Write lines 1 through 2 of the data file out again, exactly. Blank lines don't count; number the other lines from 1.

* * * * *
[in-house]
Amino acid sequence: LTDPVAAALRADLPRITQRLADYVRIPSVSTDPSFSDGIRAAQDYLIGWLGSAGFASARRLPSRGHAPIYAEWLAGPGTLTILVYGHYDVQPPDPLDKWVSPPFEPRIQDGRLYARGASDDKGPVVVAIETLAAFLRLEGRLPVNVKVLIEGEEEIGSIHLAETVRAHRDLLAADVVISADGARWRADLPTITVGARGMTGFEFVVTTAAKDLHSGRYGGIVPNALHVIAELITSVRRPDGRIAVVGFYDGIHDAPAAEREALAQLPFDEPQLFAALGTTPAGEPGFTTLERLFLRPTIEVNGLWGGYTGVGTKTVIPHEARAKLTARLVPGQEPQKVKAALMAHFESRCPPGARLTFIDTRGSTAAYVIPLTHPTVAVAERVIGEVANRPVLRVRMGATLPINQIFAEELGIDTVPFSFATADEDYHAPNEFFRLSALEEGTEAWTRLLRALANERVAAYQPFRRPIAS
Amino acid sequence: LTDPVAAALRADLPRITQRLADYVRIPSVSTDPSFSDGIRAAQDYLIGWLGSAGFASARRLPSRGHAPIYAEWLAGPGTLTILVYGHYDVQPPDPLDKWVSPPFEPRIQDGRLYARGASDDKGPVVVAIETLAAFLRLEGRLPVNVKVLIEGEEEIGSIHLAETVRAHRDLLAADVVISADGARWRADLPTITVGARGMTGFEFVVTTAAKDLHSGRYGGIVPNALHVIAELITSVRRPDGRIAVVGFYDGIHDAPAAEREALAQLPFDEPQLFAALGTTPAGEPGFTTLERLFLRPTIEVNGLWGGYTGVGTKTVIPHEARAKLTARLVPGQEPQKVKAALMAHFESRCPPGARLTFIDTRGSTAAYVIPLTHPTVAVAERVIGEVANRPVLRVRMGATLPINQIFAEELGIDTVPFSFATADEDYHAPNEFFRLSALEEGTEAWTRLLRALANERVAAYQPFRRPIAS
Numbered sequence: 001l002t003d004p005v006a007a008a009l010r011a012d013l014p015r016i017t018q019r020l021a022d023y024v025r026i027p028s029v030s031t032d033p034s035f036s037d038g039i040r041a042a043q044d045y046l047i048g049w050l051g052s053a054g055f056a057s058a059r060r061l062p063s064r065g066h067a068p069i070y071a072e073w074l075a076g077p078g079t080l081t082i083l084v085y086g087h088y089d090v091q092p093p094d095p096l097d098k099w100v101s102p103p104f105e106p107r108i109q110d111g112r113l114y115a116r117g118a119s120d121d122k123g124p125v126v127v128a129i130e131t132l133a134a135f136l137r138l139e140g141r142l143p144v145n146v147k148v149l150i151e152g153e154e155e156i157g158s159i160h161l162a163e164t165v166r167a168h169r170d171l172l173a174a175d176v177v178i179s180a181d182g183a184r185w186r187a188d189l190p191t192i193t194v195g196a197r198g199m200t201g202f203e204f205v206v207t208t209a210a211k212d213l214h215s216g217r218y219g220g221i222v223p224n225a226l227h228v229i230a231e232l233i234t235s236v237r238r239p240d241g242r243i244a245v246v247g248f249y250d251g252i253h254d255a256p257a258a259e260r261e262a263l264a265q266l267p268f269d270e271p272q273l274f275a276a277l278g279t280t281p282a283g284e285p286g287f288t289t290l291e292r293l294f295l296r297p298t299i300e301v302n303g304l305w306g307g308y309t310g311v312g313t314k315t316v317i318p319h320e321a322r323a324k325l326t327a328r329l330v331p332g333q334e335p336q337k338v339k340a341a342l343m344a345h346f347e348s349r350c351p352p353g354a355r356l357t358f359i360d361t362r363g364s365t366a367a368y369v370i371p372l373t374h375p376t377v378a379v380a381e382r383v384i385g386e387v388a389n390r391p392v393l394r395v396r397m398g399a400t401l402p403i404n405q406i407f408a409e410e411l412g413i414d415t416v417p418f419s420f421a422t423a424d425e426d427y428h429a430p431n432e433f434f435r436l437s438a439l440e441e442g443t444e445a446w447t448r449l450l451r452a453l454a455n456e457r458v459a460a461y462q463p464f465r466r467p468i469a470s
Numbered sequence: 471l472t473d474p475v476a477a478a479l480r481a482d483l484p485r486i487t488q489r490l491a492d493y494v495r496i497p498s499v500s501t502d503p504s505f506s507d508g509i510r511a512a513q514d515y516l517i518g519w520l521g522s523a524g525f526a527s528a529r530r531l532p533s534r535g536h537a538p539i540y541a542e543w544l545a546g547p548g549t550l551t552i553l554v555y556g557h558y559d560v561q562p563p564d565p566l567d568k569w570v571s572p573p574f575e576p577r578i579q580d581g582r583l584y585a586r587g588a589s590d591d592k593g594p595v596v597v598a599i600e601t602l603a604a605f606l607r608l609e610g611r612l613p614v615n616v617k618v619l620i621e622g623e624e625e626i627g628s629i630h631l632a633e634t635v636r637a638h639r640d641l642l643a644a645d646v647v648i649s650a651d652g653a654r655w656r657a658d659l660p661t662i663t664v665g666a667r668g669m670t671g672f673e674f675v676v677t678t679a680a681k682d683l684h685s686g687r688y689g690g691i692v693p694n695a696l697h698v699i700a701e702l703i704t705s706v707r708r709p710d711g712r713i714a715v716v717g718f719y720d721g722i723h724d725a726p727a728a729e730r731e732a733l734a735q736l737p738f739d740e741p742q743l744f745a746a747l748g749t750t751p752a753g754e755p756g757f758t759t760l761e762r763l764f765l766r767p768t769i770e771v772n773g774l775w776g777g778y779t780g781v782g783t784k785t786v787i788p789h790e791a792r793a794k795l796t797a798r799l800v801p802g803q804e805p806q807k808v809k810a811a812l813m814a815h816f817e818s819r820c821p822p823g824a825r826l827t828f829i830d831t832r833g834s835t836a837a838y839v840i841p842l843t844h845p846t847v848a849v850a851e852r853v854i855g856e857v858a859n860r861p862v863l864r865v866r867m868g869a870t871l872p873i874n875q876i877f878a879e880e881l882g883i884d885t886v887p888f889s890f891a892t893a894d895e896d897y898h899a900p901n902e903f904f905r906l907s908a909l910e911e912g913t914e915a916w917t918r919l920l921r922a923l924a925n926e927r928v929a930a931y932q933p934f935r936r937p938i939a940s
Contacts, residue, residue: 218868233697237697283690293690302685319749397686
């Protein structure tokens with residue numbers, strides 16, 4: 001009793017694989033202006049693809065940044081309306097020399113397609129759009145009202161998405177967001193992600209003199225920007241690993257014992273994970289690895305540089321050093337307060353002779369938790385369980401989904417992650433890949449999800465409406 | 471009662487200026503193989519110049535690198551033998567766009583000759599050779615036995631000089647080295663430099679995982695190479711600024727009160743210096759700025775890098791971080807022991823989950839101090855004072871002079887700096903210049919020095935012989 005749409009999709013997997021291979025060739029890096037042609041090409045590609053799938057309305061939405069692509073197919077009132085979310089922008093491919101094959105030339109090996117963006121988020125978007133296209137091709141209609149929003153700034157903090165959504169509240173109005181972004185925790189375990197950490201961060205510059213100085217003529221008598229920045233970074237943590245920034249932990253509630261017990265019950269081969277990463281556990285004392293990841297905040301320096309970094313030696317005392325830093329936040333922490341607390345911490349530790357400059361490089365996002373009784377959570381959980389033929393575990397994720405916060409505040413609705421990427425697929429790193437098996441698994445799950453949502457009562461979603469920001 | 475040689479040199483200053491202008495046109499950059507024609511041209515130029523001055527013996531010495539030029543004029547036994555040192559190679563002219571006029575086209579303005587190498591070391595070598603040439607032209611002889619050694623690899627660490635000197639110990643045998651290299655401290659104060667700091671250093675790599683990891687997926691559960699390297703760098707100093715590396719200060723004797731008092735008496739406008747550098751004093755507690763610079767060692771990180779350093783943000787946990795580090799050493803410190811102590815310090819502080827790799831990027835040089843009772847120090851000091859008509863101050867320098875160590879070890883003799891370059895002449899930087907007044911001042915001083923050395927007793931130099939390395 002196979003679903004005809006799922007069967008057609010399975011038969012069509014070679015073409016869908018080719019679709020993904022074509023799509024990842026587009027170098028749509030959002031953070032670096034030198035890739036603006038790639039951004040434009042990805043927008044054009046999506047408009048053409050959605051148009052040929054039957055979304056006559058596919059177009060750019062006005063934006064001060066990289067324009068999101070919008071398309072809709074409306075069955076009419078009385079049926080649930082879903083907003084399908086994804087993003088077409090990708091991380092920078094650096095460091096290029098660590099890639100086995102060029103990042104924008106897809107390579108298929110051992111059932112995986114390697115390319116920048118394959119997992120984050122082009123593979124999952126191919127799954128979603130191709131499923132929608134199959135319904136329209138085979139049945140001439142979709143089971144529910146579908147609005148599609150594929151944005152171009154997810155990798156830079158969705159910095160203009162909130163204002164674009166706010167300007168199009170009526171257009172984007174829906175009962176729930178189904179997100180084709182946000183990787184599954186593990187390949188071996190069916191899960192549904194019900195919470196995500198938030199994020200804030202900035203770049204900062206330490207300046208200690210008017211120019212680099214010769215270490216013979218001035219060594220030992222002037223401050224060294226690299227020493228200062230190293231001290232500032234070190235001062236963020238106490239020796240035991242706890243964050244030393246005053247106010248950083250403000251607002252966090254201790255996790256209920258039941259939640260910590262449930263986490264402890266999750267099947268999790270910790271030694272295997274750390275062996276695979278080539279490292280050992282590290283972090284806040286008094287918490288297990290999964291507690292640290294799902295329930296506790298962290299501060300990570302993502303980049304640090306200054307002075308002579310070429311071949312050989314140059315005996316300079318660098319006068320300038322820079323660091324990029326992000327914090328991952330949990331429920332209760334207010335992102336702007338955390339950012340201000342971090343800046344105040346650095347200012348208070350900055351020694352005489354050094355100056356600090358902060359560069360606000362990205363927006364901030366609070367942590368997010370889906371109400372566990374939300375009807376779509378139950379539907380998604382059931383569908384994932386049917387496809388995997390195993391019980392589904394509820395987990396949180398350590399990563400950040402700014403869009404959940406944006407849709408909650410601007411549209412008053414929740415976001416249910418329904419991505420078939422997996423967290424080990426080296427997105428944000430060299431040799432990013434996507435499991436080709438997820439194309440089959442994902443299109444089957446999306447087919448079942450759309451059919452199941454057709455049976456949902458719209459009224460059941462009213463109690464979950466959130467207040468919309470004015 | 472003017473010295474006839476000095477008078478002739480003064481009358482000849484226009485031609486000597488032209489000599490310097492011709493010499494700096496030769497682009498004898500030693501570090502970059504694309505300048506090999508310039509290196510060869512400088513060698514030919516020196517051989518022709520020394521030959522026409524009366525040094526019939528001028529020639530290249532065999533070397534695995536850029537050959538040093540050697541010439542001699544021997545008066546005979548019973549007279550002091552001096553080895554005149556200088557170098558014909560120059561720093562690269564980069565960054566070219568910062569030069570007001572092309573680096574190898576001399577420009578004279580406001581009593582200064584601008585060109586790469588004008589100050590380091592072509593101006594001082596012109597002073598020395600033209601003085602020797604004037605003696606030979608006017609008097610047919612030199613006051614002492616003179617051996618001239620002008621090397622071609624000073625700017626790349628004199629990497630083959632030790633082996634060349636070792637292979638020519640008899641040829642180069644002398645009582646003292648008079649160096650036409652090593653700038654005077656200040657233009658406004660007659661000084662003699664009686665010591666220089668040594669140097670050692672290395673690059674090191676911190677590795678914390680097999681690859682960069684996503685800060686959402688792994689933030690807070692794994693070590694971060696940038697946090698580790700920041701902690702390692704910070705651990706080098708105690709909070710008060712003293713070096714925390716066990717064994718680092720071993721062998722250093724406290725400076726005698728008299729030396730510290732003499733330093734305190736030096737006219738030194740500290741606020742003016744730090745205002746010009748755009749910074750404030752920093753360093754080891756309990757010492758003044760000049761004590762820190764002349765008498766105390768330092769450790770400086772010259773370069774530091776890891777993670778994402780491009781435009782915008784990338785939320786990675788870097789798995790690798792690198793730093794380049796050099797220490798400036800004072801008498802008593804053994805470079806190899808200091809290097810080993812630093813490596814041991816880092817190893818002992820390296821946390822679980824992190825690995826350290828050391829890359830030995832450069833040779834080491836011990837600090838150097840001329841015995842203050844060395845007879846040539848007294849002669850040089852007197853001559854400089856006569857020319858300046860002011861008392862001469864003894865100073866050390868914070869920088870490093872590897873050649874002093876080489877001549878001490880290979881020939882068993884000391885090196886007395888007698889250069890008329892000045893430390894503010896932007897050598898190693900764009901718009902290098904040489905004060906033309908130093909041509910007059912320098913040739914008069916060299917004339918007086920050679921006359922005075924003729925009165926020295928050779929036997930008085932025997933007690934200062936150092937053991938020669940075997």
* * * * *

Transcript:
[in-house]
Amino acid sequence: LTDPVAAALRADLPRITQRLADYVRIPSVSTDPSFSDGIRAAQDYLIGWLGSAGFASARRLPSRGHAPIYAEWLAGPGTLTILVYGHYDVQPPDPLDKWVSPPFEPRIQDGRLYARGASDDKGPVVVAIETLAAFLRLEGRLPVNVKVLIEGEEEIGSIHLAETVRAHRDLLAADVVISADGARWRADLPTITVGARGMTGFEFVVTTAAKDLHSGRYGGIVPNALHVIAELITSVRRPDGRIAVVGFYDGIHDAPAAEREALAQLPFDEPQLFAALGTTPAGEPGFTTLERLFLRPTIEVNGLWGGYTGVGTKTVIPHEARAKLTARLVPGQEPQKVKAALMAHFESRCPPGARLTFIDTRGSTAAYVIPLTHPTVAVAERVIGEVANRPVLRVRMGATLPINQIFAEELGIDTVPFSFATADEDYHAPNEFFRLSALEEGTEAWTRLLRALANERVAAYQPFRRPIAS